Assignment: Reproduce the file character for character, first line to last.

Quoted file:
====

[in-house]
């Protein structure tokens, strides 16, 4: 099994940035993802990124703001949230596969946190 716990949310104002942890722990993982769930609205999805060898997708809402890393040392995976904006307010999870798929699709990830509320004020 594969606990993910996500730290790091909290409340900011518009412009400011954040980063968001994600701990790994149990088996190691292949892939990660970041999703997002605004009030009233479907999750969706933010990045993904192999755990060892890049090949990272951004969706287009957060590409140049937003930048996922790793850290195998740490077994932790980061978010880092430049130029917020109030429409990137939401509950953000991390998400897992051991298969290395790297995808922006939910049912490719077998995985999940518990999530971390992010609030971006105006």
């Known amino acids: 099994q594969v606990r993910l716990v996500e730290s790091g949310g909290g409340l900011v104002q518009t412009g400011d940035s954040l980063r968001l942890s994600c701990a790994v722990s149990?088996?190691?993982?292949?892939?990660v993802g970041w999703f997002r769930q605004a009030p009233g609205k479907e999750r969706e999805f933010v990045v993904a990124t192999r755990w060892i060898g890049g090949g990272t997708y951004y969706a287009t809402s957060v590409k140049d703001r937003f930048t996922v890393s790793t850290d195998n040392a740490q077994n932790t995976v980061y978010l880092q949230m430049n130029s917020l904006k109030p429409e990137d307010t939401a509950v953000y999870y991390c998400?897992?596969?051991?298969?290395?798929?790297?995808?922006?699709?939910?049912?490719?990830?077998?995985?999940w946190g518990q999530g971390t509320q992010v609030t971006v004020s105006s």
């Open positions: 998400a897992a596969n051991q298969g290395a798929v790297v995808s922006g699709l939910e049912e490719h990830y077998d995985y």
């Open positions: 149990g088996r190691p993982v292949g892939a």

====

[in-house]
């Protein structure tokens, strides 16, 4: 099994940035993802990124703001949230596969946190 716990949310104002942890722990993982769930609205999805060898997708809402890393040392995976904006307010999870798929699709990830509320004020 594969606990993910996500730290790091909290409340900011518009412009400011954040980063968001994600701990790994149990088996190691292949892939990660970041999703997002605004009030009233479907999750969706933010990045993904192999755990060892890049090949990272951004969706287009957060590409140049937003930048996922790793850290195998740490077994932790980061978010880092430049130029917020109030429409990137939401509950953000991390998400897992051991298969290395790297995808922006939910049912490719077998995985999940518990999530971390992010609030971006105006």
């Known amino acids: 099994q594969v606990r993910l716990v996500e730290s790091g949310g909290g409340l900011v104002q518009t412009g400011d940035s954040l980063r968001l942890s994600c701990a790994v722990s149990?088996?190691?993982?292949?892939?990660v993802g970041w999703f997002r769930q605004a009030p009233g609205k479907e999750r969706e999805f933010v990045v993904a990124t192999r755990w060892i060898g890049g090949g990272t997708y951004y969706a287009t809402s957060v590409k140049d703001r937003f930048t996922v890393s790793t850290d195998n040392a740490q077994n932790t995976v980061y978010l880092q949230m430049n130029s917020l904006k109030p429409e990137d307010t939401a509950v953000y999870y991390c998400?897992?596969?051991?298969?290395?798929?790297?995808?922006?699709?939910?049912?490719?990830?077998?995985?999940w946190g518990q999530g971390t509320q992010v609030t971006v004020s105006s």
């Open positions: 998400a897992a596969n051991q298969g290395a798929v790297v995808s922006g699709l939910e049912e490719h990830y077998d995985y």
């Open positions: 149990g088996r190691p993982v292949g892939a």